Other Minds Essays - Cognitive Science, Philosophy Of Technology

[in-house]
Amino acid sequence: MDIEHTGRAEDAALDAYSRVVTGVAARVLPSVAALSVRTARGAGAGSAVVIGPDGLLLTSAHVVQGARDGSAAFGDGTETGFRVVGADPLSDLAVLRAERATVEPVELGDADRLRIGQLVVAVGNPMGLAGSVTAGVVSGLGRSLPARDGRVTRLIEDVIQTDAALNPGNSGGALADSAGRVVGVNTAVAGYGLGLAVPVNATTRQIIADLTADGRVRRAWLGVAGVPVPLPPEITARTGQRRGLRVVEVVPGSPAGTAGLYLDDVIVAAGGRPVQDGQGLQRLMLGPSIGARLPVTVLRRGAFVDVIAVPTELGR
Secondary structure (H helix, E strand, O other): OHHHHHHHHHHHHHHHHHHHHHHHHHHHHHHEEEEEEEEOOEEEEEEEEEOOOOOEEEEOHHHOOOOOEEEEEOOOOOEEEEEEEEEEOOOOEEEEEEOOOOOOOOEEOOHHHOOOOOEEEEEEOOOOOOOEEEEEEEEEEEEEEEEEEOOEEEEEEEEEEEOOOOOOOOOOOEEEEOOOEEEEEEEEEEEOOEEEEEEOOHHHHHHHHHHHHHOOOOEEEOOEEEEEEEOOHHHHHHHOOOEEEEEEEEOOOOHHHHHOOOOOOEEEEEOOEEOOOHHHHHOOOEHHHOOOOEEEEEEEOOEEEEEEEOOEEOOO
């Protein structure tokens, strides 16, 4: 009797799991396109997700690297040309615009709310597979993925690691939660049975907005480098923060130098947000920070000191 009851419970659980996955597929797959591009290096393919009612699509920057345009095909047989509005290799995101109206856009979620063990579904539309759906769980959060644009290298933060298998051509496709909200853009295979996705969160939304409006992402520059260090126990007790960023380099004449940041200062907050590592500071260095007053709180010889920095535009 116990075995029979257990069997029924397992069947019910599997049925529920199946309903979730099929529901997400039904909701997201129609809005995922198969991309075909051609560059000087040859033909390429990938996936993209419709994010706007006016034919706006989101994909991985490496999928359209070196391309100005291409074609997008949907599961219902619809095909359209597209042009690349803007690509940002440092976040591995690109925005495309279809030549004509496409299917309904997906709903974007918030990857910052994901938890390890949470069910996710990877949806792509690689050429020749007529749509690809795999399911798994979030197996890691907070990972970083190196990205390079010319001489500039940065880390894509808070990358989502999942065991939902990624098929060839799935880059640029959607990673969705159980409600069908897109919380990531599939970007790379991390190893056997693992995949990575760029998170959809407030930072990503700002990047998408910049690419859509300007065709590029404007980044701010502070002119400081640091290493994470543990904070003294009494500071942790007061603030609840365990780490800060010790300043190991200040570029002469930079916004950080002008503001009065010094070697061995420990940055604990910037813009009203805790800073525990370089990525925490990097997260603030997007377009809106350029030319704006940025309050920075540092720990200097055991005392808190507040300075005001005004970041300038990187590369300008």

Other Minds Can I know what another person is thinking or feeling? If so, how? by Tom Nuttall (tutor: Anthony Rudd) The problem of Other Minds is a true philosophical enigma. It is apt to strike children with no philosophical education whatsoever, yet remains intractable to many academics. Broadly speaking, the problem can be divided into three questions. Firstly, how do I come to believe that there are minds in the world other than my own? Secondly, how can I justify my belief that there are minds in the world other than my own? Thirdly, what can I state about the mental states of minds other than my own?. The question we are dealing with here falls largely into the third category, although of course issues relating to the other two will also be involved. Firstly, it is imperative to assert that, in looking for ?knowledge', we are not aiming for logical certainties - we are not aiming to show that any propositions about other minds can be demonstrated with absolute certainty equivalent to that of mathematical truths. Philosophy ever since Descartes has tended to be defined by scepticism: either it aims to produce sceptical theories or it aims to refute them. And sceptics tend towards extremity in their doubts. It must be stated here and now that there are not, and never can be, any theories that prove demonstratively that other minds exist, or that I know others' mental states. This is not what should be aimed at in attempting to solve the problem. As Austin puts it "To suppose that the question ?How do I know that Tom is angry?' is meant to mean ?How do I introspect Tom's feelings?' is simply barking up the wrong gum-tree." Most philosophers agree that their theories only bestow a greater or lesser amount of probability onto statements about other minds (although there are exceptions, e.g. Peter Strawson's attempt to argue transcendentally for the existence of other minds through our own self-consciousness). There have been a number of different attempts to do this. J.S. Mill, who produced the first known formulation of the Other Minds problem, used the so-called ?Argument from Analogy' both to explain how we come to believe in other minds and to justify this belief. Briefly, the argument holds that I am directly aware of mental states in myself, and I am aware of the behaviour of mine that results from and is caused by these mental states. As I can observe similar physical behaviour in others, I draw the analogy that it is caused by the same (or at least similar) mental states to my own. As in all arguments from analogy, I assume that because x is similar to y in some respects, it will be similar in others. So as I know how I behave if I am feeling, say, angry, I assume in someone else's case that his behaviour is an indication of the mental state I call ?anger'. My opinion in this respect is aided by the fact that most humans' behaviour when they claim to be angry is broadly similar. The argument from analogy, also employed by Bertrand Russell in a slightly simplified form, is subject to a devastating criticism. Unlike most analogies, in the case of other minds, there is no conceivable way of verifying the conclusion we make. We have no way of discovering whether someone else is angry or not, and our position means that this is a necessary disadvantage. The only way to have someone else's experiences would to become that person, and in doing that, I would no longer be myself and I would no longer be having someone else's experiences. Thus it is impossible to conceive of any set of experimental circumstances under which I would be able to ascertain whether or not the human who is expressing anger-behaviour really is angry or not. And as Norman Malcolm has pointed out, as there are no conceivable criteria I could use to determine whether someone is angry or not, simply claiming that they are angry is a meaningless statement. Many philosophers, perceiving this fatal flaw in the argument from analogy, have attempted to produce theories on other minds that